STI Testing

STI/STD Testing

Starting Point provides free testing and treatment for the three most common STIs in the Knox County, OH region. Though sexually transmitted infections (STIs) and sexually transmitted diseases (STDs) may not present with noticeable symptoms, they can still become a serious concern. Left untreated, infections can cause irreversible damage to your reproductive system. Both STIs and STDs can pass onto newborns during childbirth if the mother is infected and remains untreated. All of our services are free and confidential; get tested today!


The terms STI (sexually transmitted infection) and STD (sexually transmitted disease) are often used interchangeably. But do you know the difference?

The term “STI” (sexually transmitted infection) is used to describe the presence of an infection in the body, which may or may not be accompanied by symptoms.

The term “STD” (sexually transmitted diseases) on the other hand, describes an infection that has caused damage in a person’s body—though, like sexually transmitted infections, an STD may or may not be accompanied by symptoms.

STI is the broader of the two terms. All STDs are STIs, though not all STIs become STDs.

STI testing
The Center for Disease Control can provide you with accurate and up-to-date information on each STI.


Sexually transmitted diseases are diseases passed from person to person during sexual activity (e.g. vaginal, oral and anal sex, outercourse or mutual masturbation). STDs can be transmitted through bodily fluids and, in some cases, skin-to-skin contact.

It’s important to remember that not everyone infected with an STD will experience signs or symptoms. But STDs can still cause severe damage, and can be passed to your partner(s) without your knowledge. You don’t need to be experiencing symptoms to be contagious. You can spread the disease at any time.

Starting Point offers STI testing every Wednesday from 1pm to 5pm, as well as with all pregnancy tests administered at our center.  We provide both testing and treatment for Chlamydia, Gonorrhea, and Trichonomas, the three most prevalent infections here in Knox County.  Schedule an appointment online with us today.


Gonorrhea can be passed to both men and women by having sex and most commonly affects those in the 15-24 year age demographic. With this STI, women often show mild to no symptoms at all, making it hard to know if you have it without regular STI testing. Gonorrhea is both treatable and curable; If left untreated, complications can occur down the road. If you are sexually active and under the age of 25, the CDC recommends getting STI testing once each year.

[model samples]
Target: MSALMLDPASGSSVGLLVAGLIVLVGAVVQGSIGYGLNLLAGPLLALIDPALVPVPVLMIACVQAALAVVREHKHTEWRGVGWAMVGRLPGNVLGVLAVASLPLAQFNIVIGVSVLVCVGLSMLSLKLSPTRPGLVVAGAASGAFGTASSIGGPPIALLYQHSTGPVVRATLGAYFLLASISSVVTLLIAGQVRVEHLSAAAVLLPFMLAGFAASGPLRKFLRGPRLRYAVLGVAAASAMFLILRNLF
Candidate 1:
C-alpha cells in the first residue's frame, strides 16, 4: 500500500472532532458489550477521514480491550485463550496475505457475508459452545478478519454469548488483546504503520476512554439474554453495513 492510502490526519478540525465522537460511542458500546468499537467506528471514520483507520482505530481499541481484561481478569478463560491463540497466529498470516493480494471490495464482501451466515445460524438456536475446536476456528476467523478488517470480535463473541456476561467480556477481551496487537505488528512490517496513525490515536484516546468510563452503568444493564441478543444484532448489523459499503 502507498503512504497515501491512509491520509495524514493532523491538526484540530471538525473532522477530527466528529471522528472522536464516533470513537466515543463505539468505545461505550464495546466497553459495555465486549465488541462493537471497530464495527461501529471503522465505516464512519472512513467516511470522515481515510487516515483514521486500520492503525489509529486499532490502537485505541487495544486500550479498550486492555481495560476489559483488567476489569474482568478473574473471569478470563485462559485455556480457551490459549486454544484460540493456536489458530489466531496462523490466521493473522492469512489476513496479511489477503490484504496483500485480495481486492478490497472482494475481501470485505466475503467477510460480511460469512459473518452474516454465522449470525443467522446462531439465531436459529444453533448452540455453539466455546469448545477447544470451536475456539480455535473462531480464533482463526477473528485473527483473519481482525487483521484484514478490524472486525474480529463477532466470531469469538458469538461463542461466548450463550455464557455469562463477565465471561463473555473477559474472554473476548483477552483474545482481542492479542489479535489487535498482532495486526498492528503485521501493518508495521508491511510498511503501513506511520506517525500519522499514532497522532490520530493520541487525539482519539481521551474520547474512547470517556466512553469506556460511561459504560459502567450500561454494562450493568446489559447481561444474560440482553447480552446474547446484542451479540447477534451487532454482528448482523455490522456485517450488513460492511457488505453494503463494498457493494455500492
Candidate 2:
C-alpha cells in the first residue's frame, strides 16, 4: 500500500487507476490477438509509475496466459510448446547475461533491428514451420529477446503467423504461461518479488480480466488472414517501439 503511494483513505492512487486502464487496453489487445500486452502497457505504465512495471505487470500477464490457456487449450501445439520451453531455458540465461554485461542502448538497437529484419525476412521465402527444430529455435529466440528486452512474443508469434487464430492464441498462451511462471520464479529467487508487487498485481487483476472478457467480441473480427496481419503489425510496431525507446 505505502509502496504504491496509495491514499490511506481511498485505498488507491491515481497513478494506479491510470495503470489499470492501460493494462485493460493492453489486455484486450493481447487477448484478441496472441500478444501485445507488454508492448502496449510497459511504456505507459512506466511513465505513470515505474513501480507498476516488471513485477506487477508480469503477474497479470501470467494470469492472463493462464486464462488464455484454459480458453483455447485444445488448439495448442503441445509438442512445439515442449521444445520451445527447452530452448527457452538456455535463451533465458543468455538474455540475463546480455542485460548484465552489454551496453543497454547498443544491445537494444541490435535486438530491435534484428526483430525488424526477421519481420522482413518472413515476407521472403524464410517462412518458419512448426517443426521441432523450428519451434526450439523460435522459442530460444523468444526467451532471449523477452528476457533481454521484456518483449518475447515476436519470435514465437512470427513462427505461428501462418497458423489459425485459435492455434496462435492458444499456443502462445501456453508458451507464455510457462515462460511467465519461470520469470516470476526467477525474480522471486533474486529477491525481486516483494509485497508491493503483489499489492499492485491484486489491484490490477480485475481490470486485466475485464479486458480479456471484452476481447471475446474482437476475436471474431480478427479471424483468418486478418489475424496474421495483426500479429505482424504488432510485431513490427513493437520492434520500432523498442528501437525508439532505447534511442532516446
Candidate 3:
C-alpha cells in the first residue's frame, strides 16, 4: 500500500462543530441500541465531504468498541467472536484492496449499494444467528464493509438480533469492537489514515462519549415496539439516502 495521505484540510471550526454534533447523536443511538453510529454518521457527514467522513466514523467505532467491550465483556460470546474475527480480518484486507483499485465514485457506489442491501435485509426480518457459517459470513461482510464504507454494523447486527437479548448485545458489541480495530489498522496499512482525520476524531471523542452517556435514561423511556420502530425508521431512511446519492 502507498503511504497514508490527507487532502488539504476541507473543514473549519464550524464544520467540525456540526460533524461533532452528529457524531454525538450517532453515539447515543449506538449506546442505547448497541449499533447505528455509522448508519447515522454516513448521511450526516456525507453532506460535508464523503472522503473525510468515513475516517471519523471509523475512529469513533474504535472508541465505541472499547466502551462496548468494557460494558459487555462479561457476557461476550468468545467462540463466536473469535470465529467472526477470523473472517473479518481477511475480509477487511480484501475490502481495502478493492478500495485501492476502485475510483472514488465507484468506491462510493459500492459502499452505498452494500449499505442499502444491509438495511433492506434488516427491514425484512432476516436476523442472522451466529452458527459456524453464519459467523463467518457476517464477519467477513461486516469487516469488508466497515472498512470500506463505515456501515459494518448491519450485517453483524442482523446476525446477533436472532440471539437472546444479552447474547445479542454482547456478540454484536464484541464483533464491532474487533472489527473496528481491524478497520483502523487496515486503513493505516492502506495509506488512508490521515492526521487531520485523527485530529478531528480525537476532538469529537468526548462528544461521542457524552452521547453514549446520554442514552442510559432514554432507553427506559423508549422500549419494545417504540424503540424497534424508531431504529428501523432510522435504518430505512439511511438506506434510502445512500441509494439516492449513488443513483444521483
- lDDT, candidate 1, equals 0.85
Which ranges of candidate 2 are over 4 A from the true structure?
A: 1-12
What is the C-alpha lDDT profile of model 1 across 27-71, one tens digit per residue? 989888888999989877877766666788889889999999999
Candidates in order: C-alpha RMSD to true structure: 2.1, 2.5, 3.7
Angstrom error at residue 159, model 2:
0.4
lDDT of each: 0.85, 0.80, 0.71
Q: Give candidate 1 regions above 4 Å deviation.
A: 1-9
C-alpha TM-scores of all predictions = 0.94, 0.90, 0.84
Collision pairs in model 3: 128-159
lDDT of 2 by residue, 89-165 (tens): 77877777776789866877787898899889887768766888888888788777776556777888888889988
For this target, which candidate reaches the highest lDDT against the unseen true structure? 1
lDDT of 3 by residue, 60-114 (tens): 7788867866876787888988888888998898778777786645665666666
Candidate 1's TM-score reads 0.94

Chlamydia is a common STI that can be passed to both men and women. If you are positive for chlamydia, you will not always have symptoms, but the infection is still present and will require treatment to avoid permanent damage. Severe repercussions such as Pelvic Inflammatory Disease (PID) in women, complications or complete inability to conceive, risk of contracting HIV, or in rare cases, sterility for men, can occur if the STD is not treated. In addition, even if you are cured of chlamydia, you are able to contract the disease again, so it is important to get STI testing regularly if you are sexually active.


Trichomonas (trich, for sort) is a very common STI that is also easily curable. Only about one in three people who contract this STI present with symptoms, making it difficult to know if you have it without getting tested. Trichomonas is most common among women, but it is possible for men to contract the infection as well. Trichomonas can stay alive in the body for years after being infected and can make you more susceptible to contract other STIs; you can also contract it again after being treated for it previously.


If not treated prior to an abortion, these infections may cause serious health problems. During an abortion these organisms can be carried from the vagina up into the uterus. When this occurs, a second condition called Pelvic Inflammatory Disease (PID) may develop.

Immediate symptoms of PID can be mild and even non-existent, but the effects are long lasting. According to the CDC, 1 in 8 women with a history of PID experience difficulty getting pregnant. PID is known to cause scarring of the fallopian tubes, increasing the risk of an ectopic pregnancy. This may result in serious maternal complications, even death.

The content on this page has been reviewed and approved by our Medical Director.

Dr. Jonathan Hardin

Medical Director